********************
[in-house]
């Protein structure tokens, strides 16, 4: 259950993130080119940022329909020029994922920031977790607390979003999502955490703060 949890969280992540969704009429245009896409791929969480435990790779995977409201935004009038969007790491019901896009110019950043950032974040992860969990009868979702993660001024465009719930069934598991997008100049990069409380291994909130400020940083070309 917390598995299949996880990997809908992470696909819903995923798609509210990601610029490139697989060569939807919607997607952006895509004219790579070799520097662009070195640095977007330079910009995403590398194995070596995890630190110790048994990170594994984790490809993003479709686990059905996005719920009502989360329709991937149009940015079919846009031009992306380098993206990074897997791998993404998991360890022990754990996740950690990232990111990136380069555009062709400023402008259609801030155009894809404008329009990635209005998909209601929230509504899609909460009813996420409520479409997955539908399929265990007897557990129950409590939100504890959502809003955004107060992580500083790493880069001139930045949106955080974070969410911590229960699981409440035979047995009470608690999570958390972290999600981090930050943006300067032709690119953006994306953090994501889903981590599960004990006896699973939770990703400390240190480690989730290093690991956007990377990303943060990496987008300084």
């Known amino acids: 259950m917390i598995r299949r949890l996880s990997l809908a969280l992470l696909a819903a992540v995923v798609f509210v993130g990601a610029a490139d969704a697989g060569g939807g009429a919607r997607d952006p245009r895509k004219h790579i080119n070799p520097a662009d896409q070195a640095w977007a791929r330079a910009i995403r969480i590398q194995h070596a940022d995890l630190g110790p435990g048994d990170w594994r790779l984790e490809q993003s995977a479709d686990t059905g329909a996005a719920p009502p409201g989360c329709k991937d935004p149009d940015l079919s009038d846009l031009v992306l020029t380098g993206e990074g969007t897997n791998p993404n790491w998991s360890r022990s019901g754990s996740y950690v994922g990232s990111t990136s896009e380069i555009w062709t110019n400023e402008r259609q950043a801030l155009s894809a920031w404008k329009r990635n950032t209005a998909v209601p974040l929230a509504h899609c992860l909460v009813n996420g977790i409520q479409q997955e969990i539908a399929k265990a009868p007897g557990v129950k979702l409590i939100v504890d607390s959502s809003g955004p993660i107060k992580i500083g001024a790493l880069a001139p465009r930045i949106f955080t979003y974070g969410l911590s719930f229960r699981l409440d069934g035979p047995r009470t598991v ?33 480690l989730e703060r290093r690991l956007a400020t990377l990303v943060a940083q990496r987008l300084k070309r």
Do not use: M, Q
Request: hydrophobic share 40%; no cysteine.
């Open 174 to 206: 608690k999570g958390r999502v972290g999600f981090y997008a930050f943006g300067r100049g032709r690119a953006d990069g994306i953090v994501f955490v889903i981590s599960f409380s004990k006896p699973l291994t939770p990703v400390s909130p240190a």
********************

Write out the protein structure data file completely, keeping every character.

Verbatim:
[in-house]
């Protein structure tokens, strides 16, 4: 259950993130080119940022329909020029994922920031977790607390979003999502955490703060 949890969280992540969704009429245009896409791929969480435990790779995977409201935004009038969007790491019901896009110019950043950032974040992860969990009868979702993660001024465009719930069934598991997008100049990069409380291994909130400020940083070309 917390598995299949996880990997809908992470696909819903995923798609509210990601610029490139697989060569939807919607997607952006895509004219790579070799520097662009070195640095977007330079910009995403590398194995070596995890630190110790048994990170594994984790490809993003479709686990059905996005719920009502989360329709991937149009940015079919846009031009992306380098993206990074897997791998993404998991360890022990754990996740950690990232990111990136380069555009062709400023402008259609801030155009894809404008329009990635209005998909209601929230509504899609909460009813996420409520479409997955539908399929265990007897557990129950409590939100504890959502809003955004107060992580500083790493880069001139930045949106955080974070969410911590229960699981409440035979047995009470608690999570958390972290999600981090930050943006300067032709690119953006994306953090994501889903981590599960004990006896699973939770990703400390240190480690989730290093690991956007990377990303943060990496987008300084």
């Known amino acids: 259950m917390i598995r299949r949890l996880s990997l809908a969280l992470l696909a819903a992540v995923v798609f509210v993130g990601a610029a490139d969704a697989g060569g939807g009429a919607r997607d952006p245009r895509k004219h790579i080119n070799p520097a662009d896409q070195a640095w977007a791929r330079a910009i995403r969480i590398q194995h070596a940022d995890l630190g110790p435990g048994d990170w594994r790779l984790e490809q993003s995977a479709d686990t059905g329909a996005a719920p009502p409201g989360c329709k991937d935004p149009d940015l079919s009038d846009l031009v992306l020029t380098g993206e990074g969007t897997n791998p993404n790491w998991s360890r022990s019901g754990s996740y950690v994922g990232s990111t990136s896009e380069i555009w062709t110019n400023e402008r259609q950043a801030l155009s894809a920031w404008k329009r990635n950032t209005a998909v209601p974040l929230a509504h899609c992860l909460v009813n996420g977790i409520q479409q997955e969990i539908a399929k265990a009868p007897g557990v129950k979702l409590i939100v504890d607390s959502s809003g955004p993660i107060k992580i500083g001024a790493l880069a001139p465009r930045i949106f955080t979003y974070g969410l911590s719930f229960r699981l409440d069934g035979p047995r009470t598991v ?33 480690l989730e703060r290093r690991l956007a400020t990377l990303v943060a940083q990496r987008l300084k070309r």
Do not use: M, Q
Request: hydrophobic share 40%; no cysteine.
């Open 174 to 206: 608690k999570g958390r999502v972290g999600f981090y997008a930050f943006g300067r100049g032709r690119a953006d990069g994306i953090v994501f955490v889903i981590s599960f409380s004990k006896p699973l291994t939770p990703v400390s909130p240190a």